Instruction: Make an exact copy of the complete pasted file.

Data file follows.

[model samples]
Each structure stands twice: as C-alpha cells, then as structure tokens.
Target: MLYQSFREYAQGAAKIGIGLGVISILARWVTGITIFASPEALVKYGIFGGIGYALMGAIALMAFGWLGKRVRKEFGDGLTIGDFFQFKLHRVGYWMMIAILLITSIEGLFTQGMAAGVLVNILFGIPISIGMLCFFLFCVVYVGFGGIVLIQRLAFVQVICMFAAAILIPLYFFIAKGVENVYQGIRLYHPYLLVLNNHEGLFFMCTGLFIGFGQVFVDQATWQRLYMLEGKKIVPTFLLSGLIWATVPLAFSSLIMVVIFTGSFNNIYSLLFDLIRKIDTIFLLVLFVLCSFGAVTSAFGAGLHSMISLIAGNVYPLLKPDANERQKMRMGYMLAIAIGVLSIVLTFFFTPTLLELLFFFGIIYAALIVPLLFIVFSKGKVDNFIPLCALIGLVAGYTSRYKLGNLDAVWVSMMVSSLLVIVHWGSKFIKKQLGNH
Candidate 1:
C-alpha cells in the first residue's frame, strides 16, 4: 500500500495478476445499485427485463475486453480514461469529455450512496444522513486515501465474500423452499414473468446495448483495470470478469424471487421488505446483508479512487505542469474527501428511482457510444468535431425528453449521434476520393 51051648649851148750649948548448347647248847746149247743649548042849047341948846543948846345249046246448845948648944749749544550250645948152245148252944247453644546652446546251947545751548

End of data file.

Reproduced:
[model samples]
Each structure stands twice: as C-alpha cells, then as structure tokens.
Target: MLYQSFREYAQGAAKIGIGLGVISILARWVTGITIFASPEALVKYGIFGGIGYALMGAIALMAFGWLGKRVRKEFGDGLTIGDFFQFKLHRVGYWMMIAILLITSIEGLFTQGMAAGVLVNILFGIPISIGMLCFFLFCVVYVGFGGIVLIQRLAFVQVICMFAAAILIPLYFFIAKGVENVYQGIRLYHPYLLVLNNHEGLFFMCTGLFIGFGQVFVDQATWQRLYMLEGKKIVPTFLLSGLIWATVPLAFSSLIMVVIFTGSFNNIYSLLFDLIRKIDTIFLLVLFVLCSFGAVTSAFGAGLHSMISLIAGNVYPLLKPDANERQKMRMGYMLAIAIGVLSIVLTFFFTPTLLELLFFFGIIYAALIVPLLFIVFSKGKVDNFIPLCALIGLVAGYTSRYKLGNLDAVWVSMMVSSLLVIVHWGSKFIKKQLGNH
Candidate 1:
C-alpha cells in the first residue's frame, strides 16, 4: 500500500495478476445499485427485463475486453480514461469529455450512496444522513486515501465474500423452499414473468446495448483495470470478469424471487421488505446483508479512487505542469474527501428511482457510444468535431425528453449521434476520393 51051648649851148750649948548448347647248847746149247743649548042849047341948846543948846345249046246448845948648944749749544550250645948152245148252944247453644546652446546251947545751548